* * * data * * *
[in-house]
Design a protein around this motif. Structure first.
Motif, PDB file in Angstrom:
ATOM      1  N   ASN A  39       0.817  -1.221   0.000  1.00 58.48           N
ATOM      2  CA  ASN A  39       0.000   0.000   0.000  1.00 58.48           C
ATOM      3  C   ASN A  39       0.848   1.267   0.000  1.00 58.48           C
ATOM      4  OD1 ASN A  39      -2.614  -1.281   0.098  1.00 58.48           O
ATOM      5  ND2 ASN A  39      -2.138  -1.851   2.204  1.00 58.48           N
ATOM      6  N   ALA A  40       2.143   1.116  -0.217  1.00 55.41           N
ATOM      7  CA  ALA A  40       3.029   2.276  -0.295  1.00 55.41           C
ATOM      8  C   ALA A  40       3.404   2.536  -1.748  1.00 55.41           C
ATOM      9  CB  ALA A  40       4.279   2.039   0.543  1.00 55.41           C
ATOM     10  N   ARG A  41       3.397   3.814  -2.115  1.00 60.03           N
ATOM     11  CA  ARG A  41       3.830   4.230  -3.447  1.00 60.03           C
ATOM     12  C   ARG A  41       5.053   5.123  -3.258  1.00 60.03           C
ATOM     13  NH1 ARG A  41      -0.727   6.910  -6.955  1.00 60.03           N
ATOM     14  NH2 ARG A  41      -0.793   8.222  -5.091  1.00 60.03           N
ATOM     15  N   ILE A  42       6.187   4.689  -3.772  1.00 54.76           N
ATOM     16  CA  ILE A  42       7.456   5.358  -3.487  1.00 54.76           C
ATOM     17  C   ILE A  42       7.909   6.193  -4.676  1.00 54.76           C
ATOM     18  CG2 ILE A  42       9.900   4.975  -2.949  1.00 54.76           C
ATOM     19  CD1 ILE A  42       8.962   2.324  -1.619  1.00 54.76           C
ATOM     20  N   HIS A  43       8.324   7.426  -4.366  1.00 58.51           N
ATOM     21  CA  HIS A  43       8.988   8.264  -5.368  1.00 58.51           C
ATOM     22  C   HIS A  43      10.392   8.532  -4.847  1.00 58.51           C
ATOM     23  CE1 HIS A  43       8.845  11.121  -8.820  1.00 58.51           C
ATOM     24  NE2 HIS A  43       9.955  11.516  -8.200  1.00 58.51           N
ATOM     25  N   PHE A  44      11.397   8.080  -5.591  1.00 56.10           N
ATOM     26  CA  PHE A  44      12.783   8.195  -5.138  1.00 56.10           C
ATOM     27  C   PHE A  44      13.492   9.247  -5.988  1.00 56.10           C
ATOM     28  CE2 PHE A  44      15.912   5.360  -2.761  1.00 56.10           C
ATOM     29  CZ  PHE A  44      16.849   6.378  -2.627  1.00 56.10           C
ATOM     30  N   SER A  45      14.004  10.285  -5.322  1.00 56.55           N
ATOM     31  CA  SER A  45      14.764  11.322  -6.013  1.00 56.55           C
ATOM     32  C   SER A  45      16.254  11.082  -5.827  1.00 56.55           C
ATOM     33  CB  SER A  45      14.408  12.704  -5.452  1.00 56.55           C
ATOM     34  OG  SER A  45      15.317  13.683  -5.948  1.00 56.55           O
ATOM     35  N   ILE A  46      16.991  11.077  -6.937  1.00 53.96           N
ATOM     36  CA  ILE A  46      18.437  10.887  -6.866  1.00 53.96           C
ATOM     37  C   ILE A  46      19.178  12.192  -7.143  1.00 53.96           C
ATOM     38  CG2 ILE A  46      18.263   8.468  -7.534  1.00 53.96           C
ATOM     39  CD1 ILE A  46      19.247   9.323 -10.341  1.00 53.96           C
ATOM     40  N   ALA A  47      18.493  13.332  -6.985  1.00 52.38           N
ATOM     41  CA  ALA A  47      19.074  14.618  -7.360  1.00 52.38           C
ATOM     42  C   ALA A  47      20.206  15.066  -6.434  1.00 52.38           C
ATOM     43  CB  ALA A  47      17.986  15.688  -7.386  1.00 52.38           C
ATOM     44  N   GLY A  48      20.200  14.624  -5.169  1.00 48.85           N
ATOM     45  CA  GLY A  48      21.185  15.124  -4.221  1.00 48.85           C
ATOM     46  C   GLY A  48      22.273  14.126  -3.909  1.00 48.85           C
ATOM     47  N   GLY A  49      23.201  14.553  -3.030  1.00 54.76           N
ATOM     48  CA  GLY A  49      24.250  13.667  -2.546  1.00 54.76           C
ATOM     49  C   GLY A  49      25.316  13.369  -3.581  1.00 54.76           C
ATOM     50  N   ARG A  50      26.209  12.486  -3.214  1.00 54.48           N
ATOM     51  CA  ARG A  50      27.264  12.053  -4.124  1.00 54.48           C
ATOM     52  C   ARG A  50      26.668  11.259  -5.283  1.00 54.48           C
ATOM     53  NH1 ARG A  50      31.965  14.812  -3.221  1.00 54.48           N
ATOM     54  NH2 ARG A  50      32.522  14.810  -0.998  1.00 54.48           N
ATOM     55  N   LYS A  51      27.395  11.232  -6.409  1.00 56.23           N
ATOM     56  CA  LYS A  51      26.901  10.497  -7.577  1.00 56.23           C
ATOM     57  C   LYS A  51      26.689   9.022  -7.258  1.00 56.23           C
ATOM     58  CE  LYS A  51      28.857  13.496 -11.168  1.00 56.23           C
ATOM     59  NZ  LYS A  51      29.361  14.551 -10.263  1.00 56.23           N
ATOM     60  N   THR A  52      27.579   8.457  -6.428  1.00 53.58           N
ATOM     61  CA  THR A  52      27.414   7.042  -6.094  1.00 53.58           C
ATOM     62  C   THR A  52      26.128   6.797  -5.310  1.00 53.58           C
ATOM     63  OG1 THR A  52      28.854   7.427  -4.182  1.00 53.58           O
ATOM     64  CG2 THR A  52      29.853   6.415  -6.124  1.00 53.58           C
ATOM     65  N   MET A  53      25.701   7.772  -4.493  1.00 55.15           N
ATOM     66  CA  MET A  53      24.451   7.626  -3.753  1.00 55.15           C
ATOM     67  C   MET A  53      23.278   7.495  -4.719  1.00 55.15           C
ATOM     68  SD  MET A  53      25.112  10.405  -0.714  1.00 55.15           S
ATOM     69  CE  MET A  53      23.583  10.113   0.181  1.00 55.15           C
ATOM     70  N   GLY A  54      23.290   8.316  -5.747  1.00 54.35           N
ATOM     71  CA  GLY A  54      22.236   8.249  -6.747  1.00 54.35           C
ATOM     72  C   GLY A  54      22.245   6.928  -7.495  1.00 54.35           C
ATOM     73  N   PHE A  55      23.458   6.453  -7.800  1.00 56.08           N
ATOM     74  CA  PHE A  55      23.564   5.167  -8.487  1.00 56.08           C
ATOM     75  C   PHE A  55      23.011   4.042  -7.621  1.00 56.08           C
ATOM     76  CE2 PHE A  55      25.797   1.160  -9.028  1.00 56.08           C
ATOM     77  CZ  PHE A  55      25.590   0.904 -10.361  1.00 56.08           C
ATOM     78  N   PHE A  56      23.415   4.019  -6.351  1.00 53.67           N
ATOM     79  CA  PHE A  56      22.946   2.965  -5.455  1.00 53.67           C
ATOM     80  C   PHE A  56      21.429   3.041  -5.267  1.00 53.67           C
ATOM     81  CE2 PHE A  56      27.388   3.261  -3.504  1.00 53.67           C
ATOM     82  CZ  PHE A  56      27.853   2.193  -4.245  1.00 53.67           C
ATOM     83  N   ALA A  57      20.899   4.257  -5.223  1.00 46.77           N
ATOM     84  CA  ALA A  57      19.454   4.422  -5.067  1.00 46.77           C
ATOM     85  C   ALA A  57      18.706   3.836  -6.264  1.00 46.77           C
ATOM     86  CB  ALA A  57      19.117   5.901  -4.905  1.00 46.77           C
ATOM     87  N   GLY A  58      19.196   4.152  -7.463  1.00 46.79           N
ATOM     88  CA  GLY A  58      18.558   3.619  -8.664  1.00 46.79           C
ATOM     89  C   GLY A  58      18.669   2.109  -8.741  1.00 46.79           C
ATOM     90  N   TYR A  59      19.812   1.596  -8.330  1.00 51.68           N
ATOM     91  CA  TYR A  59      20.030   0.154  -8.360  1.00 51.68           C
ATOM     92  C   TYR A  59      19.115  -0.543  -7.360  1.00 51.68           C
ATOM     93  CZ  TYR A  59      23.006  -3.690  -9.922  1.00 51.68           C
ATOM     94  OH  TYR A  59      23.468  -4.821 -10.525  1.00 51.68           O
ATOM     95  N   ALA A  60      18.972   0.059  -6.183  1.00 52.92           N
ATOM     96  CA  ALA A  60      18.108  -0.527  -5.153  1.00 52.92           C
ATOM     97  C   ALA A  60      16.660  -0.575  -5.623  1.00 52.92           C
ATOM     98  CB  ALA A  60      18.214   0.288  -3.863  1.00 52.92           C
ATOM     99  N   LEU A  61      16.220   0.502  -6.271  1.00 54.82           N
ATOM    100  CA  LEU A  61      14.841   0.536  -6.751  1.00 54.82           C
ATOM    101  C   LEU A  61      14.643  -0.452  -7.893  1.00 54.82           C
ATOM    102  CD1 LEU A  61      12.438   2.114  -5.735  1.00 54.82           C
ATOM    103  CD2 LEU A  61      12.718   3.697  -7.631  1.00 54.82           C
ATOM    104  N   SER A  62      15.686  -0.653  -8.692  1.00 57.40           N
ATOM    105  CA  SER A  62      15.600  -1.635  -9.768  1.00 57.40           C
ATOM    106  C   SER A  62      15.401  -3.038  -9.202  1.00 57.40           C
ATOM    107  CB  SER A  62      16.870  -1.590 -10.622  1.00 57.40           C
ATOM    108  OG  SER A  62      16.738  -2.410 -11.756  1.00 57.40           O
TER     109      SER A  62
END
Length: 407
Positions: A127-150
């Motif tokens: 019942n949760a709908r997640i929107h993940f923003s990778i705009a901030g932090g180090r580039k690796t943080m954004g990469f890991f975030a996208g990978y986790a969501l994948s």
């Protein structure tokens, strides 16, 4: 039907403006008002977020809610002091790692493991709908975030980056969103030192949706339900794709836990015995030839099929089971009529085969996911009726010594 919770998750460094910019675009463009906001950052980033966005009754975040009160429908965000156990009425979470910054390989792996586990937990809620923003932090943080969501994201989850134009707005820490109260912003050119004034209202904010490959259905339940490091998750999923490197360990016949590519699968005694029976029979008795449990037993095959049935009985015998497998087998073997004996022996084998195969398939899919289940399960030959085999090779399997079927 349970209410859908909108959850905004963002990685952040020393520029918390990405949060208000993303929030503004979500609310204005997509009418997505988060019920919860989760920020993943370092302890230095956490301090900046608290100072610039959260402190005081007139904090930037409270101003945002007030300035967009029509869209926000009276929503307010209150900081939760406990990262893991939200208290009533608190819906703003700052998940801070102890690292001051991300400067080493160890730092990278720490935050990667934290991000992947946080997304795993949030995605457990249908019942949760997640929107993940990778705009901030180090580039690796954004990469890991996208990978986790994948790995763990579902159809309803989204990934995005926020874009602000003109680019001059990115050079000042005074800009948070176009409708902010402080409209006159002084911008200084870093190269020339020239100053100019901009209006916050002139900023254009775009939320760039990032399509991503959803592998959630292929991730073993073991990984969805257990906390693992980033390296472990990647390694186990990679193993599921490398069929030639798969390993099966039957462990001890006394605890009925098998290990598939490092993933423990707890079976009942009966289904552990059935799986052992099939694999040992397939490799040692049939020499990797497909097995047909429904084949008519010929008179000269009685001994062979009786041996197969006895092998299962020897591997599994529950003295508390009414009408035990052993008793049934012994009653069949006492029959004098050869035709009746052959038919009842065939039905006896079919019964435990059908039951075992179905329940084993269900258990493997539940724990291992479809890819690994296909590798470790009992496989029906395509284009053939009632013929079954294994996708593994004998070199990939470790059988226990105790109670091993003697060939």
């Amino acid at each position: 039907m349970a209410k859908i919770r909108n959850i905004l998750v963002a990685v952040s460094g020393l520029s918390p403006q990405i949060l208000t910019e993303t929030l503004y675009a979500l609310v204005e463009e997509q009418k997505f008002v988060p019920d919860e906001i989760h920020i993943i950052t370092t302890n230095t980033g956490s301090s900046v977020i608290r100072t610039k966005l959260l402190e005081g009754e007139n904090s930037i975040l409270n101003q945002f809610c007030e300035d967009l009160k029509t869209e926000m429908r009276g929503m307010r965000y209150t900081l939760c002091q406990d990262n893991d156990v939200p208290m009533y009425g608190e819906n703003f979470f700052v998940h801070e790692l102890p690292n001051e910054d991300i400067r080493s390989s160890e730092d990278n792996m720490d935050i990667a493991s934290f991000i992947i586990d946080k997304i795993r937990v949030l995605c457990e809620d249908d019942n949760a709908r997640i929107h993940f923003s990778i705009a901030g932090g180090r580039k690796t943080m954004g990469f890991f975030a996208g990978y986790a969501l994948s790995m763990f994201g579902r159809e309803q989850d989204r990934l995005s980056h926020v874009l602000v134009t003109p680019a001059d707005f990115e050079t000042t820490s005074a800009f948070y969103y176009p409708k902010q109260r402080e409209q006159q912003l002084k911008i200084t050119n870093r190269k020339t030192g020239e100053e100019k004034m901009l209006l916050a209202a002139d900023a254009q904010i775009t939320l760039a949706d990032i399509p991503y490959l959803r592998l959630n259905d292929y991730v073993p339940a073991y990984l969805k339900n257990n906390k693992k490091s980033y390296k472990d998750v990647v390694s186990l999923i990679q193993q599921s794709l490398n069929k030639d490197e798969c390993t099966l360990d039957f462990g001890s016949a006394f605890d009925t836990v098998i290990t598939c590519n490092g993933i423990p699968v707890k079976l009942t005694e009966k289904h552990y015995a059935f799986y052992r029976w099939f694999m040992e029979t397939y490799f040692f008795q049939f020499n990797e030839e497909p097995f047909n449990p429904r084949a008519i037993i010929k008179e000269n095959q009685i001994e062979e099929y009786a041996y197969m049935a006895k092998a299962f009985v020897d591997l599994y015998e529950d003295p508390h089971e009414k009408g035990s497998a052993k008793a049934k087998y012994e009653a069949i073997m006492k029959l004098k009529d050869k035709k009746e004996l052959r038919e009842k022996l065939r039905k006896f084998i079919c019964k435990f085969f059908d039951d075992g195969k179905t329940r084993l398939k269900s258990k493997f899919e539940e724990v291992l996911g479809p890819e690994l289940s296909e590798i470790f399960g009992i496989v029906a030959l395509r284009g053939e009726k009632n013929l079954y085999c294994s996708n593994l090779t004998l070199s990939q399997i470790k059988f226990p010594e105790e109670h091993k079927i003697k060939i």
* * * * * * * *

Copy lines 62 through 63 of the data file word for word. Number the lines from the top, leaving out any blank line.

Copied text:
ATOM     59  NZ  LYS A  51      29.361  14.551 -10.263  1.00 56.23           N
ATOM     60  N   THR A  52      27.579   8.457  -6.428  1.00 53.58           N